Wednesday, April 30, 2008

new reviews in cyberculture studies (may 2008)

each month, the resource center for cyberculture studies (RCCS) publishes a set of book reviews and author responses.

books of the month for may 2008 include:

Electronic Literature Collection (Volume 1)
Editors: N. Katherine Hayles, Nick Montfort, Scott Rettberg, Stephanie Strickland
Publisher: Electronic Literature Organization, 2006
Review 1: Kimberly De Vries
Author Response: N. Katherine Hayles
Author Response: Scott Rettberg

Gatewatching: Collaborative Online News Production
Author: Axel Bruns
Publisher: Peter Lang Publishers, 2005
Review 1: J. Richards Stevens
Author Response: Axel Bruns

Wired Shut: Copyright and the Shape of Digital Culture
Author: Tarleton Gillespie
Publisher: MIT Press, 2007
Review 1: Benjamin J. Bates
Review 2: Troy K. Schneider
Author Response: Tarleton Gillespie

enjoy. there's more where that came from.

coming soon: a very large list of new and exciting books waiting to be reviewed, perhaps by you. for more updates, subscribe to the RCCS announcement list.

Monday, April 28, 2008

davies forum speaker series: phillip thurtle

the davies forum on digital literacy hosts its last speaker this thursday evening with phillip thurtle. first the facts:

who? phillip thurtle, assistant professor, comparative history of ideas, university of washington
what? a semester-long speaker series devoted to literacy in a digital age
where? maier room, fromm hall, university of san francisco
when? thursday, may 1 at 6:30 pm
price? free and open to the public

phillip thurtle is an assistant professor of the comparative history of ideas program and the history department and adjunct assistant professor in anthropology at the university of washington. phillip is the author of the emergence of genetic rationality: space, time, and information in american biology, 1870-1920, co-author with robert mitchell and helen burgess of an interactive DVD-ROM entitled biofutures: owning body parts and information, and co-editor, with robert mitchell, of data made flesh: embodying information and semiotic flesh: information and the human body.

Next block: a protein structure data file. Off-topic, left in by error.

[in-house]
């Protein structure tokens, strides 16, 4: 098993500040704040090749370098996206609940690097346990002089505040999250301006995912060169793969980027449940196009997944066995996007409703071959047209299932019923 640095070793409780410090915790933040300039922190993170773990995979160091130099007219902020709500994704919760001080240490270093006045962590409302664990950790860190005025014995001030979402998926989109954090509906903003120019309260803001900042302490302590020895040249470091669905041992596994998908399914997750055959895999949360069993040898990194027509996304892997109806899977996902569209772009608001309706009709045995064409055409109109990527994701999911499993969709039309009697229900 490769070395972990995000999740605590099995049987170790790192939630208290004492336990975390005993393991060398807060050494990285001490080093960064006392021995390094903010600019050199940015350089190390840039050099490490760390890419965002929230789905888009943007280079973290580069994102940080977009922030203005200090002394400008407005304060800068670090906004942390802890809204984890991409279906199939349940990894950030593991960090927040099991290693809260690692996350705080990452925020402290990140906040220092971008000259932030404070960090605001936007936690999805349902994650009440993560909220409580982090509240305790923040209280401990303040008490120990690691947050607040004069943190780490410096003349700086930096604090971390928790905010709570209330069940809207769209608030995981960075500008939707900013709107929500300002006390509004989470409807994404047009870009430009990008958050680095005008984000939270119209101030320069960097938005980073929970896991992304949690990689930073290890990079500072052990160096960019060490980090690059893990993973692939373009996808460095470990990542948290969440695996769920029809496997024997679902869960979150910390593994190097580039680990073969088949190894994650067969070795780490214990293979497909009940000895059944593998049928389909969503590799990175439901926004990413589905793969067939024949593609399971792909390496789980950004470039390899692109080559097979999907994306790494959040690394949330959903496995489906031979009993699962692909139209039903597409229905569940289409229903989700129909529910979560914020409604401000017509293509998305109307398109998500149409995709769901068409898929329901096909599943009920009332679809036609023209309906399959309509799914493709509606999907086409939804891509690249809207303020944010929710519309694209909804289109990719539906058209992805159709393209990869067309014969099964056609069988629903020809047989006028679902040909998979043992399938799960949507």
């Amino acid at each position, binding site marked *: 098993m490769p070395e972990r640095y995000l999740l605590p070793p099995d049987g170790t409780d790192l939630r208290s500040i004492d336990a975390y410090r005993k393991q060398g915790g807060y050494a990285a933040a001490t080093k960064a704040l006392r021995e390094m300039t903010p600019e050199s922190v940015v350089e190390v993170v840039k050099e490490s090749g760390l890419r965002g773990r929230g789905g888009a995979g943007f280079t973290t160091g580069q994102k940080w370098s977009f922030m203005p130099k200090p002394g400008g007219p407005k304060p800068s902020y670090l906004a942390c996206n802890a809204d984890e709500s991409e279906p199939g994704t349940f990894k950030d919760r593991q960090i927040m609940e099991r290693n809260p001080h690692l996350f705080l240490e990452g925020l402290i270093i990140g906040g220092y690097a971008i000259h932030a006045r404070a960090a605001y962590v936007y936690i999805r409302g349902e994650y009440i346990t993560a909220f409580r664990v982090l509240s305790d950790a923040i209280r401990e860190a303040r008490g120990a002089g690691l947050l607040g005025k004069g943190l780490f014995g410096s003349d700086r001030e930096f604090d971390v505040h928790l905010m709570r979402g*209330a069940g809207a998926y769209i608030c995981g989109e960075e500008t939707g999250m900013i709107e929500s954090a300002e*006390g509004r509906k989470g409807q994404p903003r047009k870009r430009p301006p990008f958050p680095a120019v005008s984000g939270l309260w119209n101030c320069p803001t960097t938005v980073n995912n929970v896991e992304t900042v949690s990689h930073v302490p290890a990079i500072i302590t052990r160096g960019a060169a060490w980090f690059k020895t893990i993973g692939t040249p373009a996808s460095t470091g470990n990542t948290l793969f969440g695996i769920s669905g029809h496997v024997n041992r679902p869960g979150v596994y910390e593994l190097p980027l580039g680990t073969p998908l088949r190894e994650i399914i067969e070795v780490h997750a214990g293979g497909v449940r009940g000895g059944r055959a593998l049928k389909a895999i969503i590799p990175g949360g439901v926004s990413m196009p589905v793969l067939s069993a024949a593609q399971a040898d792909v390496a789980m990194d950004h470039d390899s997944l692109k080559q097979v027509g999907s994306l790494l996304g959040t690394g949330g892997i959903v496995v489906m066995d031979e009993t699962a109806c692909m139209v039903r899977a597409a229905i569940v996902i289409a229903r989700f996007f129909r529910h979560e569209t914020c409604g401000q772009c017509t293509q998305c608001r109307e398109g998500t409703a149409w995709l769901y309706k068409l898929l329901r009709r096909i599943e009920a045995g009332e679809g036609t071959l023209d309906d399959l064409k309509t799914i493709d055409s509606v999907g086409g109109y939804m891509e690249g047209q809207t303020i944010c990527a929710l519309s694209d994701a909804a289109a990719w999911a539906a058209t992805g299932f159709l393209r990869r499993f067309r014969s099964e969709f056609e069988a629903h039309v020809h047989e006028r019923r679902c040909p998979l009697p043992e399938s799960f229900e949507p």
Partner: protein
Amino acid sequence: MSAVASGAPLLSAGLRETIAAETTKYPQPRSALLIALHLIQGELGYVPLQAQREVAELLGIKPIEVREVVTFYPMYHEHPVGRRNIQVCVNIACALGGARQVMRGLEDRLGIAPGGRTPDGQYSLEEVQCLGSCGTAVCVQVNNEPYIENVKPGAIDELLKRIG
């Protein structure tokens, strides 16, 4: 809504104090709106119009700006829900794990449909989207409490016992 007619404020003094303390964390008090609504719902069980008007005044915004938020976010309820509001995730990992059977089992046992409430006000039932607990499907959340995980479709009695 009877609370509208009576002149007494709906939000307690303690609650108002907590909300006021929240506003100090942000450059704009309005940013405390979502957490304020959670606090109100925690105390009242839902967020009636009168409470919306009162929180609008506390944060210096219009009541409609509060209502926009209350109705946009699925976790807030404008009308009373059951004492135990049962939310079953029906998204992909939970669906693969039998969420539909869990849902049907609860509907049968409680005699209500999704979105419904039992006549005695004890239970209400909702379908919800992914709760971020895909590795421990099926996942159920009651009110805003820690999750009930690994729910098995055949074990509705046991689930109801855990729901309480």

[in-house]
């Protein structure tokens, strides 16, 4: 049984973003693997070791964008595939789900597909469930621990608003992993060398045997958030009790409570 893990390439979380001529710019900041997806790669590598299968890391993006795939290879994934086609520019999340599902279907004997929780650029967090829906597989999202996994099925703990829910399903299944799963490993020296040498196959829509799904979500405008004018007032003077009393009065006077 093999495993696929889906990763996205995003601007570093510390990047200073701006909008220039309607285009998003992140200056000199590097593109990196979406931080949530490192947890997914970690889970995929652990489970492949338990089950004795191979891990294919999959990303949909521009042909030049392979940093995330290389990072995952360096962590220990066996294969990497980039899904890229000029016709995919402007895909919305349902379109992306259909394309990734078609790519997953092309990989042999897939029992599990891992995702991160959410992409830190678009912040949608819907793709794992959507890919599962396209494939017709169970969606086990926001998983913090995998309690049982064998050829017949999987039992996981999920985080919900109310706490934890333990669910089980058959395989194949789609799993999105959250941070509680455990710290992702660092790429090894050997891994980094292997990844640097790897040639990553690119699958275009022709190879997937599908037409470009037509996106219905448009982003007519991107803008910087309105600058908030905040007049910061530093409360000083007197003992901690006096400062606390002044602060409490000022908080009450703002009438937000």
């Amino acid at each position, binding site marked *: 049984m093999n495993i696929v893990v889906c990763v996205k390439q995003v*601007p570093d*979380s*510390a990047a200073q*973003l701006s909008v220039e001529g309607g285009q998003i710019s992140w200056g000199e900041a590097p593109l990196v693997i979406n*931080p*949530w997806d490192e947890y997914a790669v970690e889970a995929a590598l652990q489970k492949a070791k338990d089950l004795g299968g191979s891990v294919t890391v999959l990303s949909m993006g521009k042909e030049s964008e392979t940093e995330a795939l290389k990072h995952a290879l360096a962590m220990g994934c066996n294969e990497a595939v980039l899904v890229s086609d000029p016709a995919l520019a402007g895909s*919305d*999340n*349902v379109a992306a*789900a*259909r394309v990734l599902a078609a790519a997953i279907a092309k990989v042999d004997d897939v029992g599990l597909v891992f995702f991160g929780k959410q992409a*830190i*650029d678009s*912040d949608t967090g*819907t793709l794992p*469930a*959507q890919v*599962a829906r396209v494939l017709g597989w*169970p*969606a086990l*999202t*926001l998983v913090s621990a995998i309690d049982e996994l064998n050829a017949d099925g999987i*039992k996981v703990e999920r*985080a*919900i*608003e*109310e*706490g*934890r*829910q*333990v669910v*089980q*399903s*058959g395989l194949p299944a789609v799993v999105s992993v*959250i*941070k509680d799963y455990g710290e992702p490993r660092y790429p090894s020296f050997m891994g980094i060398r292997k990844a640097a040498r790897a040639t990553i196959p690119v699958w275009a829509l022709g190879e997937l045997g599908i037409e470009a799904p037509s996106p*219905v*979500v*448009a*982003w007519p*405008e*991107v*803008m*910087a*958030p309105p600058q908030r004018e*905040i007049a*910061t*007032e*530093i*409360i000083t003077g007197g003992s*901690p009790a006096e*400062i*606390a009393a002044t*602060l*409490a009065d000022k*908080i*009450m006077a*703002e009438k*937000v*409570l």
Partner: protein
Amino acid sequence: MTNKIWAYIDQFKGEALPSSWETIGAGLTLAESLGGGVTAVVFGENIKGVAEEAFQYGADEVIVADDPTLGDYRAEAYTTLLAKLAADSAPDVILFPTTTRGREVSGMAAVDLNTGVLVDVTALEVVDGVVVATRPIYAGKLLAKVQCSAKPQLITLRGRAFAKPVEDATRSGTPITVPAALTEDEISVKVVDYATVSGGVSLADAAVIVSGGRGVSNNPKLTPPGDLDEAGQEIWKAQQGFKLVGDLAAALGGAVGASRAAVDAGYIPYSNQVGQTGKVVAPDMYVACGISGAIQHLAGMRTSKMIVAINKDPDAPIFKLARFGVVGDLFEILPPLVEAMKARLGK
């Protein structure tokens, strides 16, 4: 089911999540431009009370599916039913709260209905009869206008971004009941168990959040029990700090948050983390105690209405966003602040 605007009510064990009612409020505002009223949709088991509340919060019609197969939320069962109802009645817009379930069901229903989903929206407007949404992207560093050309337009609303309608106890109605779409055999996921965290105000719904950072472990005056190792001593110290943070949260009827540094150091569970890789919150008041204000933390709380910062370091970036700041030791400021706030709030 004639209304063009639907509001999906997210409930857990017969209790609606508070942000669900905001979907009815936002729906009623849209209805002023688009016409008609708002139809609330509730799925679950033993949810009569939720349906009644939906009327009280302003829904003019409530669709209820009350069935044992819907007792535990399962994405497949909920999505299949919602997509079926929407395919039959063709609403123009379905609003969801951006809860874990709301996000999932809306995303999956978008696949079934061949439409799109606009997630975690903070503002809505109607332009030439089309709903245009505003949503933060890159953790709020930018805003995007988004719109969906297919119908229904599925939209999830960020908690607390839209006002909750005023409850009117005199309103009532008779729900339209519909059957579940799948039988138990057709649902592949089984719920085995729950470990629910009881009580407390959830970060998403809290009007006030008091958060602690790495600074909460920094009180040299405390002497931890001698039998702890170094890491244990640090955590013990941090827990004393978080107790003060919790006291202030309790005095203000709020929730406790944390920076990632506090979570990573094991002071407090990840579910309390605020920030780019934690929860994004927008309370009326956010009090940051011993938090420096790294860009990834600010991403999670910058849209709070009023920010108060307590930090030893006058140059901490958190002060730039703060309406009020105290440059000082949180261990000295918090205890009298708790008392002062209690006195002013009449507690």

as with the rest of the davies forum speakers series, this event is free and open to the public. in preparation for the talk, you are welcome and encouraged to read the following:

Scott McCloud's Understanding Comics: The Invisible Art (Harper, 1994); and selections from Alan Moore's Promethea (America's Best Comics/Wildstorm, 1999-2005).

to see what we've been up to so far, see (photos) and (videos).

Wednesday, April 23, 2008

the davies forum at stonelake farm

as we left the barn, francis turned to us to see if we had any questions.

lulu had one: "do you ever let the goats out from their regular fields?"

"sure," replied francis, "on the field below the octagon. i let them graze for a few hours while i watch the sunset."

late last week, the davies forum on digital literacy traveled to stonelake farm, an organic, off-the-grid homestead in humboldt county. we - amber, blake, kelly, lis, lulu, sara, steven, and me - drove six hours in two cars stuffed with backpacks, blankets, sleeping bags, and good food from rainbow.

from our arrival to our departure four days later, we agreed to six strict rules:

1. all of us must work on the farm for at least one hour a day;

2. those who cook a meal do not have to wash dishes;

3. lulu can't cook every meal;

4. if anyone gets unruly, everyone has the right and responsibility to approach him or her and say, "hey, settle down";

5. we are allowed to use the internet, cell phones, and text, but use as little as possible; and

6. be mindful about as much as possible.